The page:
Japan: New minister sends three to death -- 12 September 2008
Executions in Japan -- 2006 - 2008 -- 12 April 2008
Japan: Minister steps up rate of hangings -- 12 April 2008
Japan: Sixteen hanged in thirteen months -- 04 February 2008
Long wait, sudden death in Japan -- 28 August 2006

Monday, 13 October 2008

Bali bombers: One week to live?

[Update below]

Media reports are speculating the three convicted Bali bombers may be shot next week after the Indonesian government today announced it would make a statement about the executions next Friday, 24 October (also here).

According to one report, a spokesman for Attorney General Hendarman Supandji said there were "no obstacles" to prevent the executions, clearly referring to the current constitutional challenge by the three arguing that execution by firing squad amounts to "torture".

"The date and day of the execution of the three bombers will be announced next Friday by the attorney-general," a spokesman for the attorney-general's office said, according to another report by the AFP newsagency.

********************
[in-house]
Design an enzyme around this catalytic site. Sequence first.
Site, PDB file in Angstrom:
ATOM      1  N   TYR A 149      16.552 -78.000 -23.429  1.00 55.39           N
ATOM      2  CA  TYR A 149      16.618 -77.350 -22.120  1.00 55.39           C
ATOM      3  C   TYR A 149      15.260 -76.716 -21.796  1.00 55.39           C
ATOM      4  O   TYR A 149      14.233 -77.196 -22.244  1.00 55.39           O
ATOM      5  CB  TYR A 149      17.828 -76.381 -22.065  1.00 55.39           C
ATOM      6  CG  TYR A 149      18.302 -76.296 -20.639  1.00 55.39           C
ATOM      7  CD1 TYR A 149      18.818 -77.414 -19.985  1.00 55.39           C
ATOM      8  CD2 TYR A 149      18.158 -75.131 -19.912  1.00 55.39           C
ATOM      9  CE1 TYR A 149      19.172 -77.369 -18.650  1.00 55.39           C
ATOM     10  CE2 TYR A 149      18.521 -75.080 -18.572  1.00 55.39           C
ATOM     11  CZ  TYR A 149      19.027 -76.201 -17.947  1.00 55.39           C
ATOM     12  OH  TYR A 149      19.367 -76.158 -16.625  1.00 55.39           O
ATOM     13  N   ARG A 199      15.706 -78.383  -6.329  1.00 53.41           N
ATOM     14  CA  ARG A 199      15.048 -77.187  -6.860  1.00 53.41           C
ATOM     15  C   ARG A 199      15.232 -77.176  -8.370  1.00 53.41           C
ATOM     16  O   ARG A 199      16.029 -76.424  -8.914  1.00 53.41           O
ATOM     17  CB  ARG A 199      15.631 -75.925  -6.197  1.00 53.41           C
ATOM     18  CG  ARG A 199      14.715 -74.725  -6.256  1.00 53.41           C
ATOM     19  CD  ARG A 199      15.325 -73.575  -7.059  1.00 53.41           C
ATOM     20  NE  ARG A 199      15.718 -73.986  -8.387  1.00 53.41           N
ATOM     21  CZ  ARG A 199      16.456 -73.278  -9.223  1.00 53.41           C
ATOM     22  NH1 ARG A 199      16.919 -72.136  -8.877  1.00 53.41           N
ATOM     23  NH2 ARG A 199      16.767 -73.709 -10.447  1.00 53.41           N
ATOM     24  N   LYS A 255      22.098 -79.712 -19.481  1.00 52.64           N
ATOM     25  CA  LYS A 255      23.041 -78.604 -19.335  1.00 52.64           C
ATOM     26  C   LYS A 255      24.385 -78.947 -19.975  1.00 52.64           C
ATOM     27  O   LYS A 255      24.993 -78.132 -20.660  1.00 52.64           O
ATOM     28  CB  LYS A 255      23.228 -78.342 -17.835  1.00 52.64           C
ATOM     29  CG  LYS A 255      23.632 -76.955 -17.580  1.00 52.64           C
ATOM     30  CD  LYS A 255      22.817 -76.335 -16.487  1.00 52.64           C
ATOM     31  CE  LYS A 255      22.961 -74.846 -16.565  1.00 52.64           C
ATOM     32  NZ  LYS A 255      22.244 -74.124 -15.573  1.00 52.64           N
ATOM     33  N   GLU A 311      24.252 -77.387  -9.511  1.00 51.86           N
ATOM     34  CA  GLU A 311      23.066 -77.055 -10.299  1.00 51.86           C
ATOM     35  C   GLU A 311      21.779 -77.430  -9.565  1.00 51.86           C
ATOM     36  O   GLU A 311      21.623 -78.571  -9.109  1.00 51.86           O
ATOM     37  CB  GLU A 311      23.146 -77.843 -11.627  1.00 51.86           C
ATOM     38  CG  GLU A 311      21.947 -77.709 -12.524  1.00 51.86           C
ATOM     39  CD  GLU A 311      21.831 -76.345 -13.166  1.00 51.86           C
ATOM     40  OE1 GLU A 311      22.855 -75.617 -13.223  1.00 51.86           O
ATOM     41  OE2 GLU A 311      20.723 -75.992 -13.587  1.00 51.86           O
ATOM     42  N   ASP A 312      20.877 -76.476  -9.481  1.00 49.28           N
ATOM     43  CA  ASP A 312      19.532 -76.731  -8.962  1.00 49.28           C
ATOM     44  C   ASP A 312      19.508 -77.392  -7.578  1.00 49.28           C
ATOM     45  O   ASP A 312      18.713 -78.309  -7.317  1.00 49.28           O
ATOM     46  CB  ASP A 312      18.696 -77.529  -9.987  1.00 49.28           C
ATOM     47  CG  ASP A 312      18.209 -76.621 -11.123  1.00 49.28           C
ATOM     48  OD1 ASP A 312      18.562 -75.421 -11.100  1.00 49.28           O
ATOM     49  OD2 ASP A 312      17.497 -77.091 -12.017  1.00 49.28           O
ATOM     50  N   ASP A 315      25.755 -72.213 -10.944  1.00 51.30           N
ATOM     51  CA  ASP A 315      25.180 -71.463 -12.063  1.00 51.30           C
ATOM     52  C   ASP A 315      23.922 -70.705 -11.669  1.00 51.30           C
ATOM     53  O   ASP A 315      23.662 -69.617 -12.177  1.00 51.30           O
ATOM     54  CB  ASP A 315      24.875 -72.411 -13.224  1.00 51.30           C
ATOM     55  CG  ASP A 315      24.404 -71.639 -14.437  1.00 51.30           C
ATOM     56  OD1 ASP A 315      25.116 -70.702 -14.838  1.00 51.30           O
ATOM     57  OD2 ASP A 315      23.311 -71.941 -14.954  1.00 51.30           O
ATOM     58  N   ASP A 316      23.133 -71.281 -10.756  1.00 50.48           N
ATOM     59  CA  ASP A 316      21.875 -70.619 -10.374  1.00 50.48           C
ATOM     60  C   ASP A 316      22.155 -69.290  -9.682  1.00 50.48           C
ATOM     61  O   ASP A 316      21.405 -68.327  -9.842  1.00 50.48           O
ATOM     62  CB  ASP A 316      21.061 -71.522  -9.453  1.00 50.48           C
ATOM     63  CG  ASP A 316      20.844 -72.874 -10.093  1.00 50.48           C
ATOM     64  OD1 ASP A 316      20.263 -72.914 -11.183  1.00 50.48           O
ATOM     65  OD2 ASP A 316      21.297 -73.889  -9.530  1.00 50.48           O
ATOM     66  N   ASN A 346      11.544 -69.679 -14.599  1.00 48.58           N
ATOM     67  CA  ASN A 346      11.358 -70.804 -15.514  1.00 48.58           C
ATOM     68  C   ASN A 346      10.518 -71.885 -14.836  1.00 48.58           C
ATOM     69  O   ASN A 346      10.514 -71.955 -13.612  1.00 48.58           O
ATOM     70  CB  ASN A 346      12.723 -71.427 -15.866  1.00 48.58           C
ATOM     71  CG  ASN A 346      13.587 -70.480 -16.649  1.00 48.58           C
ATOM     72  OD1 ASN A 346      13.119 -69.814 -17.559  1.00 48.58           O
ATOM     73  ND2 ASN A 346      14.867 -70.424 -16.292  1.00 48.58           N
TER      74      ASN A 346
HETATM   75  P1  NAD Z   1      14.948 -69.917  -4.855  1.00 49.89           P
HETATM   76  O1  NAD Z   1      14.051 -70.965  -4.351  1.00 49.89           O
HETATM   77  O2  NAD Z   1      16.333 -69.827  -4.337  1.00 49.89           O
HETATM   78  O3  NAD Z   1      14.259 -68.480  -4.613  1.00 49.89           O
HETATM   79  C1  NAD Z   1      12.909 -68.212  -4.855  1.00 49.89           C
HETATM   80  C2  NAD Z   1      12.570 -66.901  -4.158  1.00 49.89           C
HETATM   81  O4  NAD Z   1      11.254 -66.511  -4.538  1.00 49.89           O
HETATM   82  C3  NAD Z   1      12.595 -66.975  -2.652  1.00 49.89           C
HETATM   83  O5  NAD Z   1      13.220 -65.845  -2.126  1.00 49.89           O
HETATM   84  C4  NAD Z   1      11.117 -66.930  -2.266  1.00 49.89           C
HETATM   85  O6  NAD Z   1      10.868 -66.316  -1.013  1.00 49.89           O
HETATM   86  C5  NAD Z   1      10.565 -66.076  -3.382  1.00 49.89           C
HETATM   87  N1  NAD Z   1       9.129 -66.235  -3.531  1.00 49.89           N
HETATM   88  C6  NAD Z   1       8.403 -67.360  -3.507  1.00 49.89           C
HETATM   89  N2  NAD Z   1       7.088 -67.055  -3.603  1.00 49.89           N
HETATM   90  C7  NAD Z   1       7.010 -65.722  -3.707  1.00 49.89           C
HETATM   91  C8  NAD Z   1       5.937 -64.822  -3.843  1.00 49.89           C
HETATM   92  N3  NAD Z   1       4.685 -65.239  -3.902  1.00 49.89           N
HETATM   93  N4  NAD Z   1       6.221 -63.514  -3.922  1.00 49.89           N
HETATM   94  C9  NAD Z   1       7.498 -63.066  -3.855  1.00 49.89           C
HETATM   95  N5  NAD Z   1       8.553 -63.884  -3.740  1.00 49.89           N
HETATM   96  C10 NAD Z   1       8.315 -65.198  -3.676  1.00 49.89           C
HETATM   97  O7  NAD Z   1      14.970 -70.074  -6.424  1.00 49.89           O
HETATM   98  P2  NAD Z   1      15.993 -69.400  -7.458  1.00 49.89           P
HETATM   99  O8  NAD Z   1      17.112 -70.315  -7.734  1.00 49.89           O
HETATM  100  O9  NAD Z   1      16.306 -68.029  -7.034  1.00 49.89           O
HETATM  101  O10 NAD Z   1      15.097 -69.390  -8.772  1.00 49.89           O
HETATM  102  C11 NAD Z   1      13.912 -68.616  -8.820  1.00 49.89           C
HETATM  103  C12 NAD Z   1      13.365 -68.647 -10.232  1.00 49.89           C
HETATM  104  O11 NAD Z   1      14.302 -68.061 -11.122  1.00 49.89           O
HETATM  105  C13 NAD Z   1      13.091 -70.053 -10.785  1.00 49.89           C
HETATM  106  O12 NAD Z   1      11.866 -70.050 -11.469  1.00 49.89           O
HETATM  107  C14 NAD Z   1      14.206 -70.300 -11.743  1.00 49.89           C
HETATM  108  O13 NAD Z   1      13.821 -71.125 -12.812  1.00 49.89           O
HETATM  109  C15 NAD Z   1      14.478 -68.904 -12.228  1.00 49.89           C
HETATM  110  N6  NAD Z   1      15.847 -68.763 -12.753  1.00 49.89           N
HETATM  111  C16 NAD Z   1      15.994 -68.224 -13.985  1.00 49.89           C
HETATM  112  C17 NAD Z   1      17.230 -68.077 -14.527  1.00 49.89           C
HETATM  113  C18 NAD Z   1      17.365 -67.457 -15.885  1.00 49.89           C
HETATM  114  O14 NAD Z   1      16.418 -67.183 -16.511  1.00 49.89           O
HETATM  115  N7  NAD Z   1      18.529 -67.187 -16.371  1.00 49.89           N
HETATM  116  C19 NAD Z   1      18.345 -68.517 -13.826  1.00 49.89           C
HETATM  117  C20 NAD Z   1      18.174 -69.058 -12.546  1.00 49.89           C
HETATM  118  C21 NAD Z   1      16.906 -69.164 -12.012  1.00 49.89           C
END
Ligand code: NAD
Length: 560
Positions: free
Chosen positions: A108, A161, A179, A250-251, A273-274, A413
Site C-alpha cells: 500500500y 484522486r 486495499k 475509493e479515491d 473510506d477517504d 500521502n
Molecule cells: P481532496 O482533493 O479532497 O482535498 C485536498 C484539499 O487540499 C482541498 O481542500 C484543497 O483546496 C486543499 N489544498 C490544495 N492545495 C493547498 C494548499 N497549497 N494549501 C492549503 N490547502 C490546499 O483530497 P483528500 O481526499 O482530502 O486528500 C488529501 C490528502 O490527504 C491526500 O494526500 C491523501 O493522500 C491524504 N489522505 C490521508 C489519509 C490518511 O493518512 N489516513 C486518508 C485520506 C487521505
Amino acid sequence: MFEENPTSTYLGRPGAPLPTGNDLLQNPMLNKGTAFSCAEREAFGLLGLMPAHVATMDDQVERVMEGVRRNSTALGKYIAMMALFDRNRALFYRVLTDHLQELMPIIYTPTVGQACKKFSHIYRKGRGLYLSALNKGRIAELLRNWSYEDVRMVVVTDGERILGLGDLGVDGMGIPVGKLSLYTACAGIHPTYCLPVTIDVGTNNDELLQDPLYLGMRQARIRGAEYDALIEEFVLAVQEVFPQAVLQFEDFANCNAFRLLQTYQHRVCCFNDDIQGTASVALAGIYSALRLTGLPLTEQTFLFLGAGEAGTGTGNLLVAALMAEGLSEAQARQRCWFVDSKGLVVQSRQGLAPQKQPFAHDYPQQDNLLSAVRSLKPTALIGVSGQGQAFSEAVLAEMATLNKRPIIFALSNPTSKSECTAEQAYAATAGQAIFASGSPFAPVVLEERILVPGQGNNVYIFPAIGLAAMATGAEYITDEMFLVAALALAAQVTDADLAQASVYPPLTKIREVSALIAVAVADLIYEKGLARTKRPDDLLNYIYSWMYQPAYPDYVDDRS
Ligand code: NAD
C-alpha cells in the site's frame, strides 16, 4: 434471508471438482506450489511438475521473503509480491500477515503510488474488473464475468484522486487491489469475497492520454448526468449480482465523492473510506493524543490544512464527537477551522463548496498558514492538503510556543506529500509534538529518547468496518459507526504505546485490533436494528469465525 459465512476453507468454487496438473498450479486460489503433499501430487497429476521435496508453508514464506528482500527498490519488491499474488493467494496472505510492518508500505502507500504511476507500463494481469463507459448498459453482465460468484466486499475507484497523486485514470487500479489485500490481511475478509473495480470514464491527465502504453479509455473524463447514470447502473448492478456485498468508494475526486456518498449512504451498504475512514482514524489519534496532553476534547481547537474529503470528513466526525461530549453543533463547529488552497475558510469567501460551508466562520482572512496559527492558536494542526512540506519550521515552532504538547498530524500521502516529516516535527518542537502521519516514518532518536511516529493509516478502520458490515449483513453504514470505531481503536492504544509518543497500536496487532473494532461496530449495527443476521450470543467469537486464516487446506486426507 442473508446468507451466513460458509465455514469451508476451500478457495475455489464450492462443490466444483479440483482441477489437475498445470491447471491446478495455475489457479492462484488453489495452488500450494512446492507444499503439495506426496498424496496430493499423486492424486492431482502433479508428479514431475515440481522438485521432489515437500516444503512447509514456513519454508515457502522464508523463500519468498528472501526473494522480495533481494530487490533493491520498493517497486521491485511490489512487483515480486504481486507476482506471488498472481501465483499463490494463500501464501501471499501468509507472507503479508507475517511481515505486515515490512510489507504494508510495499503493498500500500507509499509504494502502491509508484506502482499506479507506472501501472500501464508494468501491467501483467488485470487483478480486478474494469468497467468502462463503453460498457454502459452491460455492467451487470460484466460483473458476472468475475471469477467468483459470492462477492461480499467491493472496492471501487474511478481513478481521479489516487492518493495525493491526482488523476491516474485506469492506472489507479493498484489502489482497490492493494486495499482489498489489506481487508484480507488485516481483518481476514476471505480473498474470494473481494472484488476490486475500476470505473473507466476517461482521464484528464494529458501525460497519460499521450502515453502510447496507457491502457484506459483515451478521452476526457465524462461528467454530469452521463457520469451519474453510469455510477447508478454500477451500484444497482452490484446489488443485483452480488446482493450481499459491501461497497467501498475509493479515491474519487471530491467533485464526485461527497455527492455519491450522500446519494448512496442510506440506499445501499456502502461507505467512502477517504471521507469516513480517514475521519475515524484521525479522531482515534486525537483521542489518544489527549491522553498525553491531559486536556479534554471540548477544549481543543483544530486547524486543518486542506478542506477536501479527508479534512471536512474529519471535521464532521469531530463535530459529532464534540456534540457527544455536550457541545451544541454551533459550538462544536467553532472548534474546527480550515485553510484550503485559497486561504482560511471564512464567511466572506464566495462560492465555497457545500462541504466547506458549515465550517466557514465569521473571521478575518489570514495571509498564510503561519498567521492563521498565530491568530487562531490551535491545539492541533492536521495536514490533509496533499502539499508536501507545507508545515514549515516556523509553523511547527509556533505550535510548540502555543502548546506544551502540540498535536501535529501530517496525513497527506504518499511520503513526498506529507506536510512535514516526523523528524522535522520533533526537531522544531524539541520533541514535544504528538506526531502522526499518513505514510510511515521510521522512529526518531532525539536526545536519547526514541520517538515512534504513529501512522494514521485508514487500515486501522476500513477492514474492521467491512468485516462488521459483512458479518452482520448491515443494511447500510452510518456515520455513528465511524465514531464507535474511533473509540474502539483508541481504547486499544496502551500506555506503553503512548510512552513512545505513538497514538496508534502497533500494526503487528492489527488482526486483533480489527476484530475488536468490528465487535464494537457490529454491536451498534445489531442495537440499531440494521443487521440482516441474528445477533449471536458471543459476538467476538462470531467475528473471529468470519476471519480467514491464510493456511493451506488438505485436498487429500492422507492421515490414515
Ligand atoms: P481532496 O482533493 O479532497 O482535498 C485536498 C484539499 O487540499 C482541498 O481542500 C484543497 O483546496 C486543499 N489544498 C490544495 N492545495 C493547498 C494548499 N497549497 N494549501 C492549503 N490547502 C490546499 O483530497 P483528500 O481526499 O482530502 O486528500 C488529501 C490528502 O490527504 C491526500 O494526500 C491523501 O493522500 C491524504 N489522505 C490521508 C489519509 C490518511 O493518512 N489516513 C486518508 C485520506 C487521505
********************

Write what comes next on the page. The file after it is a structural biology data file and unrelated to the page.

"We will make some preparations and coordination with the firing squad and other related parties like prison officials," Jasman Simanjuntak said.

The spokesman said the attorney general's office would provide details on the execution date next week.

Prosecutors and local officials have repeatedly announced in recent months that they were ready to carry out the executions when ordered (example here).

A spokesman for the attorney-general's office said last Friday the three would be executed before the end of the year.

Veil of secrecy?
Early media reports of the announcement speculated that the timing meant the three could be executed next week because "Indonesia typically announces executions after they have been carried out".

Death row prisoners in Indonesia are usually given 72 hours notice when a date is set, but the Indonesian government may attempt to maintain greater secrecy around these executions in order to prevent Islamist protests.

Given the media circus that has developed around the three convicted terrorists, any notice given to the men or their lawyers would certainly be made public. It would also likely trigger further legal manoeuvres by the lawyers and public statements by the three.